• The next one is present in the Google Guava library and accessible via static method.
  • Another one was written by Robert Harder and available from his website: This is a single class which you will have to add to your project.
  • The last one was written by Mikael Grev nearly 10 years ago. It is available from This is also a single class you have to add into your project. This implementation claims to be the fastest Base64 implementation, but unfortunately this is not true any longer. Besides, it has a strictest limit on the maximal length of byte[] to decode (see below).

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Implementing a high performance Money class

by Mikhail Vorontsov

This article will discuss how to efficiently implement a Money class in Java. This article follows Using double/long vs BigDecimal for monetary calculations article published earlier in this blog.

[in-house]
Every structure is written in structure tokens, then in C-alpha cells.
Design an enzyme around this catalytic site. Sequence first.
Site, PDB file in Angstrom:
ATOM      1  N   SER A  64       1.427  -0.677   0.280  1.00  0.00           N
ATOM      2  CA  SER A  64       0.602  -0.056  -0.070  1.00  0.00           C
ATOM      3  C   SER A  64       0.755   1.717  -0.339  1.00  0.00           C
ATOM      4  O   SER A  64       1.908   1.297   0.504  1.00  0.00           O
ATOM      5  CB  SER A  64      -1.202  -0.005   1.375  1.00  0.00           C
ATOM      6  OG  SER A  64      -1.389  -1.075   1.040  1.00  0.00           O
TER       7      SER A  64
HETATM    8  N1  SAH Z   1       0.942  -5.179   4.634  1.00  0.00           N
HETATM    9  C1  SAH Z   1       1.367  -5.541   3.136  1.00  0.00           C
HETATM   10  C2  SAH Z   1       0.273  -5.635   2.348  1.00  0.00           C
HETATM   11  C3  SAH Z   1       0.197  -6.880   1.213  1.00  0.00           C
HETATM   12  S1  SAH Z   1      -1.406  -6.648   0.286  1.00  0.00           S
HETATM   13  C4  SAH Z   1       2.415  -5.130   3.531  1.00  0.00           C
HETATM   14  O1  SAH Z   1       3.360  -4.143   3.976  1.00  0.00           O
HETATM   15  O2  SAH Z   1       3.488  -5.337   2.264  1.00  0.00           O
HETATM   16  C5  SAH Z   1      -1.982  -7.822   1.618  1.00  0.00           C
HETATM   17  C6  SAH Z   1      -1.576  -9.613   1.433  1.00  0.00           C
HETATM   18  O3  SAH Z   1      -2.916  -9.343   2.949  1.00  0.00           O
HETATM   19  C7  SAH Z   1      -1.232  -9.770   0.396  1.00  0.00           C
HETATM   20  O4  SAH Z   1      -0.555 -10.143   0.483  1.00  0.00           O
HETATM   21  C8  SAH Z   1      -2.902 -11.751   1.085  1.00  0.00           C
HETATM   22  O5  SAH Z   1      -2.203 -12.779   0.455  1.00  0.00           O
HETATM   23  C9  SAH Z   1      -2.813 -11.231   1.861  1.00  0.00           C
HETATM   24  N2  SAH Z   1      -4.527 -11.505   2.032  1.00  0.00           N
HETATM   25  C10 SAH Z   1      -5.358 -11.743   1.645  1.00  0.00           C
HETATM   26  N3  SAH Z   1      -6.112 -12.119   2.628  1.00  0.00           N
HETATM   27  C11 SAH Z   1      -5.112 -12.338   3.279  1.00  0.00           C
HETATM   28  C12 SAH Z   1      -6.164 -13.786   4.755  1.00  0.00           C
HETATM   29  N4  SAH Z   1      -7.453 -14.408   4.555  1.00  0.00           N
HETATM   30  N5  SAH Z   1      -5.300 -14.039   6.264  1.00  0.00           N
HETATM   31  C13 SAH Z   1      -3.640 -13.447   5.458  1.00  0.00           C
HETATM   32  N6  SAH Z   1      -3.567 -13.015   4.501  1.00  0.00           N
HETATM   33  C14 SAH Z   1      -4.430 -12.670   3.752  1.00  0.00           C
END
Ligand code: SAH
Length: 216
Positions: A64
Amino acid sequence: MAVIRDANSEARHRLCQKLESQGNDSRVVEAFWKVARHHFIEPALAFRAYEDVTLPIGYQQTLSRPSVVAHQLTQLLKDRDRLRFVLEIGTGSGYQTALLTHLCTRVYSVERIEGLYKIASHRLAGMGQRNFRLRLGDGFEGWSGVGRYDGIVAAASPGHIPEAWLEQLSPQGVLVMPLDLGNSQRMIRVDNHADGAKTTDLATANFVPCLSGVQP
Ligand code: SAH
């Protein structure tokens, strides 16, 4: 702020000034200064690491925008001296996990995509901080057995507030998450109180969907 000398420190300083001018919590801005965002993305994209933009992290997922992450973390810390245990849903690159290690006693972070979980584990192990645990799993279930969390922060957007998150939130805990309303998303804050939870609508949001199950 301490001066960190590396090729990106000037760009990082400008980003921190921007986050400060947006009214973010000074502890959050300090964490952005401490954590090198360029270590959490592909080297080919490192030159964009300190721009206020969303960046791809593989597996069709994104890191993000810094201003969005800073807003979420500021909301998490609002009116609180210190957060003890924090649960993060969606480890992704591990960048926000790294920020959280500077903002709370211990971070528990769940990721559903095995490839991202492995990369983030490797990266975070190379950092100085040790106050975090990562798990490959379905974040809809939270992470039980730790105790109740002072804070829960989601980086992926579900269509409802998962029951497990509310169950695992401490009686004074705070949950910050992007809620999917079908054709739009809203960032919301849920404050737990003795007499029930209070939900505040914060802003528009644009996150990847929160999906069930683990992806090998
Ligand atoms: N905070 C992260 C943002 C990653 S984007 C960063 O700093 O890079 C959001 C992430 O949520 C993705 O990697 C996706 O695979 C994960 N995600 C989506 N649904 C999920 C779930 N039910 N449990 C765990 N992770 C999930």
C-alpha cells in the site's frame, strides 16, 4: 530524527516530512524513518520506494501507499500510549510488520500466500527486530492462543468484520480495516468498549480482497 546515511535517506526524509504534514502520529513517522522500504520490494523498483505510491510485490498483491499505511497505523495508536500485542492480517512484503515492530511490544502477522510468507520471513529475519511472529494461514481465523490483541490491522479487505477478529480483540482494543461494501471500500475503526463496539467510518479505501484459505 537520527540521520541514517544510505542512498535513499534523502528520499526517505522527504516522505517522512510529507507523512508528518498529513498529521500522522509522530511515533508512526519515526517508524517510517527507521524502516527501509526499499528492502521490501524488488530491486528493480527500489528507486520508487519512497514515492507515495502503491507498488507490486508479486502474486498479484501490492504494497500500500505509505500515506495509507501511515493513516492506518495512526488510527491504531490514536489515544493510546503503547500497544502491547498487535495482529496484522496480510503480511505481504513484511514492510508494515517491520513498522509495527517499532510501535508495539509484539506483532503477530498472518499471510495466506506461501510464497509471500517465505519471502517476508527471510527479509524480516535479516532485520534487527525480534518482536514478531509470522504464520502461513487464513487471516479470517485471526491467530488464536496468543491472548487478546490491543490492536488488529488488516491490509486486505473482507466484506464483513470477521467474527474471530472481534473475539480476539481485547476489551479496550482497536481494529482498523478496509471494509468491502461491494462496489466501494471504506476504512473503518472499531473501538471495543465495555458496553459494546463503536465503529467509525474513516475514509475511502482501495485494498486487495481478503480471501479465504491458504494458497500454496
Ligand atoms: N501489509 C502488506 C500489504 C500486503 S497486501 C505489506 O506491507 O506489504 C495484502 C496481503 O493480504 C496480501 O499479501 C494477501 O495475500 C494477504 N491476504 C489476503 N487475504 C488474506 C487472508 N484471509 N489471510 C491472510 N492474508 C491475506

As I have written before, we should not use any floating point types for storing monetary values. We should use long instead, keeping the number of smallest currency units in it. Unfortunately, there is a couple of problems:

  • We may still have to communicate with a software storing monetary values in double variables.
  • We may want to multiply it by a non-integer number, like 0.015, or divide it by any type of number, thus getting the non-integer result.

The easy way to deal with arithmetic operations is to use the BigDecimal class for all of them. Unfortunately, BigDecimal will not help you to deal with already incorrect double calculations results. For example, the following code will print 0.7999999999999999:

System.out.println( new BigDecimal( 0.7 + 0.1, MathContext.DECIMAL64 ) );
System.out.println( new BigDecimal( 0.7 + 0.1, MathContext.DECIMAL64 ) );

So, we may say that BigDecimal operations will produce the correct result if it had the correct arguments. We can not say the same about double operations.

double operations may end up with the exact result or a result which is one bit off the exact result. This is most likely caused by executing double operations using higher precision on CPU and then rounding the result. All we need to do to get the exact result is to look at these 3 values (result; result plus one bit value, which is also known as ulp; and result minus ulp). One of them would be the correct one. Easy to say, difficult to efficiently implement 🙂